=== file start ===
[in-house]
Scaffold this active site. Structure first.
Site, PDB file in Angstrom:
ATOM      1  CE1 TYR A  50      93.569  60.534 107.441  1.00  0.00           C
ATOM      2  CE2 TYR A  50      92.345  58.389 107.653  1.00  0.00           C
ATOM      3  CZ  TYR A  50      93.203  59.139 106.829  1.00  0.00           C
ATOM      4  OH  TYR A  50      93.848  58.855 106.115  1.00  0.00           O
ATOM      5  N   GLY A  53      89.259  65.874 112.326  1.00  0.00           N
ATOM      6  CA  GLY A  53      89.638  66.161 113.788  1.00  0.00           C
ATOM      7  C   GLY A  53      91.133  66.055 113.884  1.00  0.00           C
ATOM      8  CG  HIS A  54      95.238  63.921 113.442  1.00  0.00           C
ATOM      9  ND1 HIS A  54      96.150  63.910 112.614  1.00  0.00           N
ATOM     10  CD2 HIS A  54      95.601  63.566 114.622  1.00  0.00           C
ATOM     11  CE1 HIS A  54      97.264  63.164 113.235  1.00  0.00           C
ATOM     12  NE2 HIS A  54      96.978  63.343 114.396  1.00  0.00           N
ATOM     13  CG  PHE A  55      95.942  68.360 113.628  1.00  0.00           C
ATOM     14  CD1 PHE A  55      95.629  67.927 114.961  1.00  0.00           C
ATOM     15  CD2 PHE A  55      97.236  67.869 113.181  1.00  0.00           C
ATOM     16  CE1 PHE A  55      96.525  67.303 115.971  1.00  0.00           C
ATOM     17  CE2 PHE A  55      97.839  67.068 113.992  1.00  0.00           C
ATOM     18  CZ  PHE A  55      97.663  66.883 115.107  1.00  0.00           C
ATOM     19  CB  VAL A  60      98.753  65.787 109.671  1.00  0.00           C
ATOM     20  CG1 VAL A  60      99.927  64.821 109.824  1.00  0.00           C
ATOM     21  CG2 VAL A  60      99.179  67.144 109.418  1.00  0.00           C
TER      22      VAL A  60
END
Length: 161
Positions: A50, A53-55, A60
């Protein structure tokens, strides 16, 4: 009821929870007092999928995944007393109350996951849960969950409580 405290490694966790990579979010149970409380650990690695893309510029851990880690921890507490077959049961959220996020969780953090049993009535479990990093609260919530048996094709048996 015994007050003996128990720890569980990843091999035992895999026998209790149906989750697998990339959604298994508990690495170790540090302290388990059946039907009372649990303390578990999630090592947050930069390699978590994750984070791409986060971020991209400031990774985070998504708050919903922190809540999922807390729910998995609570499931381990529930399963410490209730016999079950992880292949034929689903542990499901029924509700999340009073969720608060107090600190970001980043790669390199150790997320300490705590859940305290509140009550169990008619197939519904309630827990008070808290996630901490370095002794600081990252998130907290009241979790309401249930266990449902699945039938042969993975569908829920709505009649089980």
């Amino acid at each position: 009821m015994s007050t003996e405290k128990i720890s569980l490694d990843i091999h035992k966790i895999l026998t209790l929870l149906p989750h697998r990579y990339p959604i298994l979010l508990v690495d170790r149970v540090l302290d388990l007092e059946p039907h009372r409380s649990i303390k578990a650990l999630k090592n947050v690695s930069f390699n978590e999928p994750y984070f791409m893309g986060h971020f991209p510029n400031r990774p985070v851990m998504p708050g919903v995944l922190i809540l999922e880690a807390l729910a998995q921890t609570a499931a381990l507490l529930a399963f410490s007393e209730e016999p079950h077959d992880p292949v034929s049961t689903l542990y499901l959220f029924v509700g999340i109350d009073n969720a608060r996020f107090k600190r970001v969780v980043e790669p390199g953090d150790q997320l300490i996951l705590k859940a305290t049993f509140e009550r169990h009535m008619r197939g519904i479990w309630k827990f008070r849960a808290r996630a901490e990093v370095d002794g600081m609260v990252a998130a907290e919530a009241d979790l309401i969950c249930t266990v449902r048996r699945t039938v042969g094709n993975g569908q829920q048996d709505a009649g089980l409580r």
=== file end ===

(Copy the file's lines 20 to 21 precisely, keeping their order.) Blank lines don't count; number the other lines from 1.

ATOM     17  CE2 PHE A  55      97.839  67.068 113.992  1.00  0.00           C
ATOM     18  CZ  PHE A  55      97.663  66.883 115.107  1.00  0.00           C